Fill out the brief form below for access to the free report.
Margaret Spellings, President of the George W. Bush Presidential Center and former U.S. Secretary of Education, delivered keynote remarks this month on the need for strong accountability in education and showcasing data to the partnership event with the U.S. Chamber of Commerce Foundation and the NAACP. Their joint convening was focused on The Path Forward: Improving Opportunities for African-American Students.
Her remarks focused on the importance of strong coalitions in local communities and using objective, comparable and timely data to keep the focus rightly on students and increasing student achievement. Excerpts from her remarks:
Partnerships work for students
“I love that this coalition of the business and civil rights communities continues to thrive and come together in common cause on issues to ensure the every boy and every girl has access to a high-quality education.
“Powerful partnerships like these between state chambers of commerce and state NAACP chapters are essential. They need to be strengthened and emboldened to fight for every student.
“We need to stand strong as a coalition to ensure that state accountability systems include real consequences and quick action on behalf of students who do not have years to wait for school turnaround and transformation to occur.
“In this era of local control, for those of us who are working to close the achievement gap, we have to be vigilant in our own communities across the country because we will have to go and read the fine print in every single community, in more than 13,000 school districts.
A quality education for every child
“We must not rest until the promise of a quality education is available to every student.
“The federal role in education was initiated by President Lyndon Johnson just over 50 years ago this year. At the time, the nation was in the throes of a domestic upheaval about the equality of all Americans, but President Johnson didn’t back down.
“He established a federal role in K-12 education for the first time so the nation could start leveling the playing field.
“President George W. Bush later would build upon this moral imperative from President Johnson and upon the work of the other presidents before him to ensure our future investments in education were translating into meaningful opportunity and achievement for all. Our efforts were to do better on behalf of every single child, and to see that we, taxpayers were getting something for our investment.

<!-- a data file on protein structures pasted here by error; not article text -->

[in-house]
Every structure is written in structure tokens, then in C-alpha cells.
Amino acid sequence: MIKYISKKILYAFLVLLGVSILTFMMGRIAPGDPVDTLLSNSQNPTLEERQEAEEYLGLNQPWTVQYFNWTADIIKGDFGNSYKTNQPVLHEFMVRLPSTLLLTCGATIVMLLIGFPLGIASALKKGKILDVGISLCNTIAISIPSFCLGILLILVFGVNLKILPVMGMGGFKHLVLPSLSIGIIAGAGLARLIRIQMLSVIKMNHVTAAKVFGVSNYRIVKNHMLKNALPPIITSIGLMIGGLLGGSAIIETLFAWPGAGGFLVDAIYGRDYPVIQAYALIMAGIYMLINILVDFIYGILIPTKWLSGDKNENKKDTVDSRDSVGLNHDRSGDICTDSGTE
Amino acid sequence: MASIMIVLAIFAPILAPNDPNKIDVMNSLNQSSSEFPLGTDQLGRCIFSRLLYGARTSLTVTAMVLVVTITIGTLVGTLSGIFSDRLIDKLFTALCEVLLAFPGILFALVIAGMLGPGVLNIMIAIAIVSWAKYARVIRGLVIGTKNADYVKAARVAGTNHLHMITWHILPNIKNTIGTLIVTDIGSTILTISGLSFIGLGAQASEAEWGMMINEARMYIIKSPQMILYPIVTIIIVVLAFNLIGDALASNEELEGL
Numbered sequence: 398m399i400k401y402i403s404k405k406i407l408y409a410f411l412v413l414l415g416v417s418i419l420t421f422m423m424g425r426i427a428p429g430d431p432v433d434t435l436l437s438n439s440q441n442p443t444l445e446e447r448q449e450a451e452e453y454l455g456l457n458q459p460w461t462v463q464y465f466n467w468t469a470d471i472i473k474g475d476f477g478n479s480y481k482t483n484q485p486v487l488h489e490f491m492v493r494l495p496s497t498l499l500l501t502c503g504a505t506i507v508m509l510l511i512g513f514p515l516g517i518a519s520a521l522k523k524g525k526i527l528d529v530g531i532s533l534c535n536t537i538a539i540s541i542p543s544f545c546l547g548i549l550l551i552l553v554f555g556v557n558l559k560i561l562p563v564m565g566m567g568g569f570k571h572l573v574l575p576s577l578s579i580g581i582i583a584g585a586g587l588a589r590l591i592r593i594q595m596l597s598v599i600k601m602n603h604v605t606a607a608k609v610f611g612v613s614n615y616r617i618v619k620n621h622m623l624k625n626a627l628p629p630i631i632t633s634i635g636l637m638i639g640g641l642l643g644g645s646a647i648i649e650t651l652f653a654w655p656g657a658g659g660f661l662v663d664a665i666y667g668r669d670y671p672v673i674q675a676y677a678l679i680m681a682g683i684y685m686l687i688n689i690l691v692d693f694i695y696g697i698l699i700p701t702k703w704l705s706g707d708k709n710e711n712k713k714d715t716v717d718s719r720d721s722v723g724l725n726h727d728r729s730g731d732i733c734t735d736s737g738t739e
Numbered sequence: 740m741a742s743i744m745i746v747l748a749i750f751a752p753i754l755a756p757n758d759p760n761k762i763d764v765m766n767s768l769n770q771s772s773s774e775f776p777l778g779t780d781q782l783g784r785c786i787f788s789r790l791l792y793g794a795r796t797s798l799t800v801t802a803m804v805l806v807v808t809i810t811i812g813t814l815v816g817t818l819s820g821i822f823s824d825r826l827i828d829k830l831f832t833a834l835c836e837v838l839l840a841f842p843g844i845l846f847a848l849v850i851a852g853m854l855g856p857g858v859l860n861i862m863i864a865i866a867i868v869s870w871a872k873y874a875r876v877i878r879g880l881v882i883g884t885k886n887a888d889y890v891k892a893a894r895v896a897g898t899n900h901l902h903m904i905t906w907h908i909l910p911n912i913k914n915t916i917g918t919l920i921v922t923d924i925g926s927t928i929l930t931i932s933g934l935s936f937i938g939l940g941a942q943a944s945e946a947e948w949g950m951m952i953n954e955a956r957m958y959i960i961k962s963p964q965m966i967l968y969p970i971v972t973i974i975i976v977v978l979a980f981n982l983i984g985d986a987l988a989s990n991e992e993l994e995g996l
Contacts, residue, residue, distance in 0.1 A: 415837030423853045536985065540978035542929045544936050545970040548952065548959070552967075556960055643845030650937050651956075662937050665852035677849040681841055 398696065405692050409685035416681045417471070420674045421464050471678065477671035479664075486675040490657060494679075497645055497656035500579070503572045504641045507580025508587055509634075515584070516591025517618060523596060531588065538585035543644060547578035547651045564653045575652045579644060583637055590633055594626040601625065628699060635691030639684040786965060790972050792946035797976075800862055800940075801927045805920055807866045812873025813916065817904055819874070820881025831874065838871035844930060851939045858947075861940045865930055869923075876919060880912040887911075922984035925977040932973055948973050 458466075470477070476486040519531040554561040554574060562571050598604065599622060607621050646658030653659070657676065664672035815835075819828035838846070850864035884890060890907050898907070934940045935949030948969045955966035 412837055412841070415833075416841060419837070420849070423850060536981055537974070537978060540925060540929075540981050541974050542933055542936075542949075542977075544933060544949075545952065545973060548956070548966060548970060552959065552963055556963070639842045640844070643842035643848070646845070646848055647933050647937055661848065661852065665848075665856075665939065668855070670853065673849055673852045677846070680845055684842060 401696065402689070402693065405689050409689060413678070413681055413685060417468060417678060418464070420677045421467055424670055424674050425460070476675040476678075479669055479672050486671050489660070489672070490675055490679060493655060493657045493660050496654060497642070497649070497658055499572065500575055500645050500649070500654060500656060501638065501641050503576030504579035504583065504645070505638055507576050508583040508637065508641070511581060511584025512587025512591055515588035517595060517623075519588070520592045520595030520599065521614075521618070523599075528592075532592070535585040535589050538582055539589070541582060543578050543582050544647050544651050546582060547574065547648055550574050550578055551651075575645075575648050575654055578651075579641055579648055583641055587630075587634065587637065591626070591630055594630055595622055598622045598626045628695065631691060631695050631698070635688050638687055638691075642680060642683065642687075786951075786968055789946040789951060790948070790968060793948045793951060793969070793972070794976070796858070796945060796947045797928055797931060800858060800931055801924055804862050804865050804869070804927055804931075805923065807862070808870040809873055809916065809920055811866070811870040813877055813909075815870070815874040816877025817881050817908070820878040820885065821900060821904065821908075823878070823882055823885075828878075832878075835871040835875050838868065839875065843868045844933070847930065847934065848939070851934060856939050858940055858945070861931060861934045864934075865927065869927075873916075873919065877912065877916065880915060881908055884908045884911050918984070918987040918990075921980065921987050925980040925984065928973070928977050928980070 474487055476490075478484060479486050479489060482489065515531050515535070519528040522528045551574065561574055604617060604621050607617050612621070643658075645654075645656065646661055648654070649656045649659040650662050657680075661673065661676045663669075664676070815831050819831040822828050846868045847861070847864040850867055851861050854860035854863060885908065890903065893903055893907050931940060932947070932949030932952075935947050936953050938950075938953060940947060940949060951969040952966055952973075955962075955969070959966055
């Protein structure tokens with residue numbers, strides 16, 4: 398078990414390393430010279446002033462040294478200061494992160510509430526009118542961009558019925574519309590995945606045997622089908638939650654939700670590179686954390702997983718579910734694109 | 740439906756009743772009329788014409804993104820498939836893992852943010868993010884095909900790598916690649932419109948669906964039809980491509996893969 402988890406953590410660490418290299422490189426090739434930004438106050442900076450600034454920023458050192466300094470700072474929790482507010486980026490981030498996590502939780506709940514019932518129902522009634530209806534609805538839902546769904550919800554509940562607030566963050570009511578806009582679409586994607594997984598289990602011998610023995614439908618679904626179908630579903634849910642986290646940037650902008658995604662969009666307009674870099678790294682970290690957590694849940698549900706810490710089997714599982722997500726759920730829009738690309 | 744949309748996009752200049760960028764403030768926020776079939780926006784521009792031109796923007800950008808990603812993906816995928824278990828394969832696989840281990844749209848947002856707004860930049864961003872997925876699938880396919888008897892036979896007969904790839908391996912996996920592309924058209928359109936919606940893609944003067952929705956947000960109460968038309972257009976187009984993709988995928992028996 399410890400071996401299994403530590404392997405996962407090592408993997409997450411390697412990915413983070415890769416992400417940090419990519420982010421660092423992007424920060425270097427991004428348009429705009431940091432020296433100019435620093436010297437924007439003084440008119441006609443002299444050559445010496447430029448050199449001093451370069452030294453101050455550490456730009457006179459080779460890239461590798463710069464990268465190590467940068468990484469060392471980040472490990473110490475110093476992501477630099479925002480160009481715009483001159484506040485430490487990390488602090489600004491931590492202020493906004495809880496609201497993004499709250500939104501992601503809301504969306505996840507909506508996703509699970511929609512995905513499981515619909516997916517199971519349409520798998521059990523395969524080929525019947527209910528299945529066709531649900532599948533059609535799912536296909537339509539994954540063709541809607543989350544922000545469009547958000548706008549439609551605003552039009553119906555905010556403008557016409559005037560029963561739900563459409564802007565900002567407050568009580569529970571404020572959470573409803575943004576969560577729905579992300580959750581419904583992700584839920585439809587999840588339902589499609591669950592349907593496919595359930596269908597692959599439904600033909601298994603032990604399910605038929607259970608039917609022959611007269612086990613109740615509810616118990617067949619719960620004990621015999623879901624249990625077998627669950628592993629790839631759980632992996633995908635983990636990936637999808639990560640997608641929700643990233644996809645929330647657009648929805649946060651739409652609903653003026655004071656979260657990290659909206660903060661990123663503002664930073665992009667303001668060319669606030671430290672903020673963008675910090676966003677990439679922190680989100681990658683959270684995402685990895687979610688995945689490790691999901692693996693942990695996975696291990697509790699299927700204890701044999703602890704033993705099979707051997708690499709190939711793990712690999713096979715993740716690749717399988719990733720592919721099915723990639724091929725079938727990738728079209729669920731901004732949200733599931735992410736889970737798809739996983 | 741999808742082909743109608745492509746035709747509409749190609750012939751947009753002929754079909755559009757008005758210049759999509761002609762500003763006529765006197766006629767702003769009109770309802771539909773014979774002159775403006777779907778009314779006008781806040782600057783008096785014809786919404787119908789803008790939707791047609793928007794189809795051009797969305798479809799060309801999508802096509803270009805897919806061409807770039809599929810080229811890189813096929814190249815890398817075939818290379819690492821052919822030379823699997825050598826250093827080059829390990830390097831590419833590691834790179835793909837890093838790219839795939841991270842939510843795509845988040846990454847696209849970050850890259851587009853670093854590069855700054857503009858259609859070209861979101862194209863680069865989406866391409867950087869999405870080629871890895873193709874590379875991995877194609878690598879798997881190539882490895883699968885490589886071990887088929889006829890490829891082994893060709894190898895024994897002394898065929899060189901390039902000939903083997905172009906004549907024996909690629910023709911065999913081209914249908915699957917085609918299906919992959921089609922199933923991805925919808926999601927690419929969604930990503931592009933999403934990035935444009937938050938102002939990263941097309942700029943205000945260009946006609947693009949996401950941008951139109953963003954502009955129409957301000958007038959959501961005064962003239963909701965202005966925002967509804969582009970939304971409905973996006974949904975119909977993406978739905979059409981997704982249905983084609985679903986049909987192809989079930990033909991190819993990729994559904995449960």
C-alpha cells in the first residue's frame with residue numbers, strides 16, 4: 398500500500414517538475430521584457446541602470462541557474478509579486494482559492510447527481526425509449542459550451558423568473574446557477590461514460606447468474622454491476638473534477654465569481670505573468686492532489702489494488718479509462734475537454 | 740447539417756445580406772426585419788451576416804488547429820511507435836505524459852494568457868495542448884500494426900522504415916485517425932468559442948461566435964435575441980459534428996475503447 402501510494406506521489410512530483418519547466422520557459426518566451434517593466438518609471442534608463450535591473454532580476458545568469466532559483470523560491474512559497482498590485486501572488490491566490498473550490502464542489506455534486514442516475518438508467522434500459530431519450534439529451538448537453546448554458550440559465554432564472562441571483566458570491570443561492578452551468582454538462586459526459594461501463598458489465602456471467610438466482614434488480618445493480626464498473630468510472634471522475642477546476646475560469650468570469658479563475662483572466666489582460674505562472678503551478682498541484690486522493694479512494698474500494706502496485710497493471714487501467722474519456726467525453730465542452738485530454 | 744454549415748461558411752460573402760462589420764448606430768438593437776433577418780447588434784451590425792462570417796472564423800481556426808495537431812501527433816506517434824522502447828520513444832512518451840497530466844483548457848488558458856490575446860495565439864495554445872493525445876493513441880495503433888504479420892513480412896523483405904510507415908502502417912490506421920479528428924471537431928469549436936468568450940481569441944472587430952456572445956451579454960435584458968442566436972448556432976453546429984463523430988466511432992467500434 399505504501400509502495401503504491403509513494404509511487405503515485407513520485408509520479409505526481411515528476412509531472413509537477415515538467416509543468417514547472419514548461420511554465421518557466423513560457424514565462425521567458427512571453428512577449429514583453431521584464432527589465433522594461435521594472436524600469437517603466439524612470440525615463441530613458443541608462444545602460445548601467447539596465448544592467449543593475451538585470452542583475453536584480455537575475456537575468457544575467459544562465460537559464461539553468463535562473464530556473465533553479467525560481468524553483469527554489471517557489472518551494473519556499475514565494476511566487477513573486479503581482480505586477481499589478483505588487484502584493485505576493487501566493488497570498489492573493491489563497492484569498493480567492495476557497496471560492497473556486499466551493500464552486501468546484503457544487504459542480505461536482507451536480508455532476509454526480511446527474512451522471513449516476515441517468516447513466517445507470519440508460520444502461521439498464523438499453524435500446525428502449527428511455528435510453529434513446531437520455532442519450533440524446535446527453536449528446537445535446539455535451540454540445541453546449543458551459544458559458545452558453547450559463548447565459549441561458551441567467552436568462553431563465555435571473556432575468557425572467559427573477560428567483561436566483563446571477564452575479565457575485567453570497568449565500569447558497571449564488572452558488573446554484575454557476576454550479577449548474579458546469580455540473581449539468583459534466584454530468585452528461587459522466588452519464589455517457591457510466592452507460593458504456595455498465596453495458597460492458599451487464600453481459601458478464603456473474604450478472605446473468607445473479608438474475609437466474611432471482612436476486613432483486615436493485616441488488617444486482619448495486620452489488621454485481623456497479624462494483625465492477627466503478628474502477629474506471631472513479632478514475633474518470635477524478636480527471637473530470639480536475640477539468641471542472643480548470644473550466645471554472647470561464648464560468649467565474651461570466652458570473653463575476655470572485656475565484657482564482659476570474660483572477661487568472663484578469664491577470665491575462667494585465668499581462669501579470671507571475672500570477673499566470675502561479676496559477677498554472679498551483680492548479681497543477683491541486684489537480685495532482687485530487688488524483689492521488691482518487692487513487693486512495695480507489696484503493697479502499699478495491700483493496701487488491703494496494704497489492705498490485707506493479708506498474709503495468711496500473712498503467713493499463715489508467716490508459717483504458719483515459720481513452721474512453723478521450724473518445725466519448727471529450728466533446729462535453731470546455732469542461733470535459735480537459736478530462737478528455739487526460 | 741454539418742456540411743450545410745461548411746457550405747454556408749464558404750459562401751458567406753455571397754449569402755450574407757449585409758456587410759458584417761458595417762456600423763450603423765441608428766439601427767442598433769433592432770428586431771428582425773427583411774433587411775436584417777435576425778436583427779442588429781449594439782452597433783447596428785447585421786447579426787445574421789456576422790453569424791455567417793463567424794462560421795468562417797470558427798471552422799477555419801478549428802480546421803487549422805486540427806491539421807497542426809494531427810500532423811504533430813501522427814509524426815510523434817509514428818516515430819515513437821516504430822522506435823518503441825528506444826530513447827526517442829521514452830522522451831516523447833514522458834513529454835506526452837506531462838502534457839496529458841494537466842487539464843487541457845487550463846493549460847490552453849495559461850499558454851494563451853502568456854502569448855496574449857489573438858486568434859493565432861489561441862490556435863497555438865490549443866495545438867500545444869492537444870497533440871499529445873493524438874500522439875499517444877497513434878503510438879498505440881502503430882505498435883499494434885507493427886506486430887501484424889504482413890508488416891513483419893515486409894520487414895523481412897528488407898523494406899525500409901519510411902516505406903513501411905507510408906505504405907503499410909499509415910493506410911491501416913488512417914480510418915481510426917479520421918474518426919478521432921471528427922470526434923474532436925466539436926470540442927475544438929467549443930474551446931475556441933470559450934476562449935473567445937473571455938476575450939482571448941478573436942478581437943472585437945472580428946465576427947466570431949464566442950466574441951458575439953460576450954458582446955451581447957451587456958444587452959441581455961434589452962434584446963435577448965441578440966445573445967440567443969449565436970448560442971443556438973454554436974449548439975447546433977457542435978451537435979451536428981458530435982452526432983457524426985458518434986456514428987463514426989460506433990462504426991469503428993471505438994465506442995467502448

”When we look at the data in the U.S. Chamber Foundation’s newly released special report on African-American students, I ask, where is the outrage?
- On the “2015 NAEP, only 18% of African-American fourth graders were found to be proficient in reading and only 19% scored proficient in math.”
- “The eighth grade numbers were even worse, with only 15% of African-American students rated proficient in reading and only 12% rated proficient in math.”
- The report also looks at readiness of African-American students for college through four indicators: graduation rates, ACT scores, passage rates on AP tests, and postsecondary remediation rates. taken together – they show that “far too many African-American students are failing to make it through our education system, and for those who do, far too many are unprepared for college.”
“Channel that outrage into action for communities across the country. Use the data, look at the fine print and hold your local school districts accountable for educating every child to high standards and graduating every student ready to succeed.
Data is critical
“Data is critical. Without it, we cannot improve education. And we have to use it not only as a flashlight to uncover underperformance, but as a way to elevate and herald success when we see it.
“Strong accountability is needed so taxpayers know what they are getting for their money, so parents know how their children are doing, and so that policy makers know how to invest resources.
“There are questions we need to ask our local school boards: How can we use assessments to better align the standards of our states? How can we learn and refine and improve the testing and measurement systems we have? How do we use technology to give more convenient and readily available feedback to educators?